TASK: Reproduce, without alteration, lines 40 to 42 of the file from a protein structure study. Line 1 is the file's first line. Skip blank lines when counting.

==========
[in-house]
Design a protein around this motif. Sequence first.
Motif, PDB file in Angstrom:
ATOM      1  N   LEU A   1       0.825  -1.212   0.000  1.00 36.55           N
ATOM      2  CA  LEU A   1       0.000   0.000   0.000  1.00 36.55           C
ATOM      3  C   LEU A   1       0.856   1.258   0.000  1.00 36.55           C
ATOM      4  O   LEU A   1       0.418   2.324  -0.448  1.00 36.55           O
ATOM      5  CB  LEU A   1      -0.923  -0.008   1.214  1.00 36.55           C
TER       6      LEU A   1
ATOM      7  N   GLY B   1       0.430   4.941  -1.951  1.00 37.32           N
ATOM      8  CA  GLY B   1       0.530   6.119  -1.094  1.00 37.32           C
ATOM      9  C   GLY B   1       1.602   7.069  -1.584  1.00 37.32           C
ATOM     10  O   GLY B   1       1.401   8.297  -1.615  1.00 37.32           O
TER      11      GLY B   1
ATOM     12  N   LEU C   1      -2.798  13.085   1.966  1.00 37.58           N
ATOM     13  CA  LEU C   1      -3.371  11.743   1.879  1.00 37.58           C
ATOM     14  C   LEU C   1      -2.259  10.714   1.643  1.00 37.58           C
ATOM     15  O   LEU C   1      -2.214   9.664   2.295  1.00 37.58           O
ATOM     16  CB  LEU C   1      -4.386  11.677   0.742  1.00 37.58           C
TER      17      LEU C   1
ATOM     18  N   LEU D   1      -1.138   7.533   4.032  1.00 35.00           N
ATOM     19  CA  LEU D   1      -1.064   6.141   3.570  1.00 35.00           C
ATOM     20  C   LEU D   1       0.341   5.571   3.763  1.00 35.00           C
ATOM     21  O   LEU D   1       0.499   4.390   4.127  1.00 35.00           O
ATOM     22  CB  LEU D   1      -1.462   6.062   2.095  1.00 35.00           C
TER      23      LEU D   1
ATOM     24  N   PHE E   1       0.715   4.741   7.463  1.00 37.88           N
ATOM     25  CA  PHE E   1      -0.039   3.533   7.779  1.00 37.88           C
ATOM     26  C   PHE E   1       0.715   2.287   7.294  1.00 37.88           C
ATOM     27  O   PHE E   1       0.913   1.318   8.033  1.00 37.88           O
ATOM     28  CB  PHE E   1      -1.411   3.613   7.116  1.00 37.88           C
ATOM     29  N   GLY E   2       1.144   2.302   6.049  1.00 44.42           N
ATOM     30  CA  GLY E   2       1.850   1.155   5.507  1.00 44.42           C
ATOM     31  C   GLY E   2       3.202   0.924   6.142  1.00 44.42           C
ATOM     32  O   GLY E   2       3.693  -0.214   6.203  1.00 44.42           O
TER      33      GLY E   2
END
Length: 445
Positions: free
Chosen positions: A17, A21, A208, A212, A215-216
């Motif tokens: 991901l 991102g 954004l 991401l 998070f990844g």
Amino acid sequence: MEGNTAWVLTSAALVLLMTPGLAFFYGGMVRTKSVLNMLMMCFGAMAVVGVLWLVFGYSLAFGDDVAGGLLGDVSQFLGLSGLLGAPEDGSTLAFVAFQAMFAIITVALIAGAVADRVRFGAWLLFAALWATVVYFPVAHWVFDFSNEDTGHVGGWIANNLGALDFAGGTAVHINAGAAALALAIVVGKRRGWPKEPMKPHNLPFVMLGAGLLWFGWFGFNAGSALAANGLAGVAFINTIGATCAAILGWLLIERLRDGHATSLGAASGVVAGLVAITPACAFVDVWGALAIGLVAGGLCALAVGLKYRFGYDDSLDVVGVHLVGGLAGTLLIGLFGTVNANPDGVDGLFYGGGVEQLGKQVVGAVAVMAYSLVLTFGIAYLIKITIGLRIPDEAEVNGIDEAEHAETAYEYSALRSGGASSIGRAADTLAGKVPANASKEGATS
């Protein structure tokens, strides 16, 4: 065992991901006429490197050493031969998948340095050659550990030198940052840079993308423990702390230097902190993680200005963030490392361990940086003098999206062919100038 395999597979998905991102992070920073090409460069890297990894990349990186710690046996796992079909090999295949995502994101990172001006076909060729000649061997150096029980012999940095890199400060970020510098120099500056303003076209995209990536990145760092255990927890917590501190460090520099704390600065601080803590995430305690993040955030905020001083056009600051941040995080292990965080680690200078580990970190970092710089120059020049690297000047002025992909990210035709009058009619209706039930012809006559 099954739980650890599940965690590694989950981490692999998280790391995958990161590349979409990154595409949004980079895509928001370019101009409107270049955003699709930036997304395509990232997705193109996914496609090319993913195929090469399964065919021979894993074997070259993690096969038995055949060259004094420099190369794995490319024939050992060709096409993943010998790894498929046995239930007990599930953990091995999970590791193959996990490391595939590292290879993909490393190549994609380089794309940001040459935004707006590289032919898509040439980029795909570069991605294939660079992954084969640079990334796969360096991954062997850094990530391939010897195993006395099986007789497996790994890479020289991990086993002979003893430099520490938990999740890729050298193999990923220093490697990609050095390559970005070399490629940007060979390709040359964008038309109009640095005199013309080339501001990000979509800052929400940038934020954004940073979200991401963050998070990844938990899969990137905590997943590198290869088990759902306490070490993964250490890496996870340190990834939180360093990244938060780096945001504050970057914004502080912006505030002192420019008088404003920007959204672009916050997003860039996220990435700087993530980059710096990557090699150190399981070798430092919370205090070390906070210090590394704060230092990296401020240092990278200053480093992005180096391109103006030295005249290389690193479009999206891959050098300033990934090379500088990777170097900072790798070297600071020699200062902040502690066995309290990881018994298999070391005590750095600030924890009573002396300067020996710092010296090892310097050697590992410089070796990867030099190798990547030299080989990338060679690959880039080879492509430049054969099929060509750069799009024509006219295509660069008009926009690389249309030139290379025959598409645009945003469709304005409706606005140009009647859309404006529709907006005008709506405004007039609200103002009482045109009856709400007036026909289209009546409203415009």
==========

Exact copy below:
Chosen positions: A17, A21, A208, A212, A215-216
């Motif tokens: 991901l 991102g 954004l 991401l 998070f990844g």
Amino acid sequence: MEGNTAWVLTSAALVLLMTPGLAFFYGGMVRTKSVLNMLMMCFGAMAVVGVLWLVFGYSLAFGDDVAGGLLGDVSQFLGLSGLLGAPEDGSTLAFVAFQAMFAIITVALIAGAVADRVRFGAWLLFAALWATVVYFPVAHWVFDFSNEDTGHVGGWIANNLGALDFAGGTAVHINAGAAALALAIVVGKRRGWPKEPMKPHNLPFVMLGAGLLWFGWFGFNAGSALAANGLAGVAFINTIGATCAAILGWLLIERLRDGHATSLGAASGVVAGLVAITPACAFVDVWGALAIGLVAGGLCALAVGLKYRFGYDDSLDVVGVHLVGGLAGTLLIGLFGTVNANPDGVDGLFYGGGVEQLGKQVVGAVAVMAYSLVLTFGIAYLIKITIGLRIPDEAEVNGIDEAEHAETAYEYSALRSGGASSIGRAADTLAGKVPANASKEGATS